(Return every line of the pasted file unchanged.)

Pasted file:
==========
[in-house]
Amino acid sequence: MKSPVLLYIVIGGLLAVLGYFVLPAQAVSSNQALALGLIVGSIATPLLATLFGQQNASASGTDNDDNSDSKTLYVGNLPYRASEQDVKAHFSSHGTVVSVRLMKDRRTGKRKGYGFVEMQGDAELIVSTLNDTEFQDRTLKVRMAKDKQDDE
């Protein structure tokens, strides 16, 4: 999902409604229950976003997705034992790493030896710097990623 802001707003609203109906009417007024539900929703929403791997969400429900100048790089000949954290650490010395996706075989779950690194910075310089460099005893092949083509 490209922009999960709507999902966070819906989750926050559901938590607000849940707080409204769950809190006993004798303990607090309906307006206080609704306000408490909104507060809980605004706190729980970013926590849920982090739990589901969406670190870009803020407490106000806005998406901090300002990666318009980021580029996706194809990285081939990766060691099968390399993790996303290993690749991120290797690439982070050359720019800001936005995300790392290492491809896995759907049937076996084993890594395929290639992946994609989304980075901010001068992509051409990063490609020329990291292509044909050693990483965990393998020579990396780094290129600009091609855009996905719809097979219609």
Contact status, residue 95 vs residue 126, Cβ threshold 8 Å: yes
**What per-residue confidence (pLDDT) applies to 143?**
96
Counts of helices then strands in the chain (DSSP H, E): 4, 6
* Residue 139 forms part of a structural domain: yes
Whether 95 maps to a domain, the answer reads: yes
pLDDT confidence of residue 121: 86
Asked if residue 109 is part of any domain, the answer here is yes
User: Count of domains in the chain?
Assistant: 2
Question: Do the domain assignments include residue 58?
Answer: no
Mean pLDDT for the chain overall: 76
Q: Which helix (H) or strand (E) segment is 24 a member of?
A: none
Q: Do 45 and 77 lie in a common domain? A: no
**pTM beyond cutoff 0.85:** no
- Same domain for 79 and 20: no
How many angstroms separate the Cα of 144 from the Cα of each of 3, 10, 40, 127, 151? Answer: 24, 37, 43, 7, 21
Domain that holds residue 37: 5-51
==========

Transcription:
[in-house]
Amino acid sequence: MKSPVLLYIVIGGLLAVLGYFVLPAQAVSSNQALALGLIVGSIATPLLATLFGQQNASASGTDNDDNSDSKTLYVGNLPYRASEQDVKAHFSSHGTVVSVRLMKDRRTGKRKGYGFVEMQGDAELIVSTLNDTEFQDRTLKVRMAKDKQDDE
């Protein structure tokens, strides 16, 4: 999902409604229950976003997705034992790493030896710097990623 802001707003609203109906009417007024539900929703929403791997969400429900100048790089000949954290650490010395996706075989779950690194910075310089460099005893092949083509 490209922009999960709507999902966070819906989750926050559901938590607000849940707080409204769950809190006993004798303990607090309906307006206080609704306000408490909104507060809980605004706190729980970013926590849920982090739990589901969406670190870009803020407490106000806005998406901090300002990666318009980021580029996706194809990285081939990766060691099968390399993790996303290993690749991120290797690439982070050359720019800001936005995300790392290492491809896995759907049937076996084993890594395929290639992946994609989304980075901010001068992509051409990063490609020329990291292509044909050693990483965990393998020579990396780094290129600009091609855009996905719809097979219609």
Contact status, residue 95 vs residue 126, Cβ threshold 8 Å: yes
**What per-residue confidence (pLDDT) applies to 143?**
96
Counts of helices then strands in the chain (DSSP H, E): 4, 6
* Residue 139 forms part of a structural domain: yes
Whether 95 maps to a domain, the answer reads: yes
pLDDT confidence of residue 121: 86
Asked if residue 109 is part of any domain, the answer here is yes
User: Count of domains in the chain?
Assistant: 2
Question: Do the domain assignments include residue 58?
Answer: no
Mean pLDDT for the chain overall: 76
Q: Which helix (H) or strand (E) segment is 24 a member of?
A: none
Q: Do 45 and 77 lie in a common domain? A: no
**pTM beyond cutoff 0.85:** no
- Same domain for 79 and 20: no
How many angstroms separate the Cα of 144 from the Cα of each of 3, 10, 40, 127, 151? Answer: 24, 37, 43, 7, 21
Domain that holds residue 37: 5-51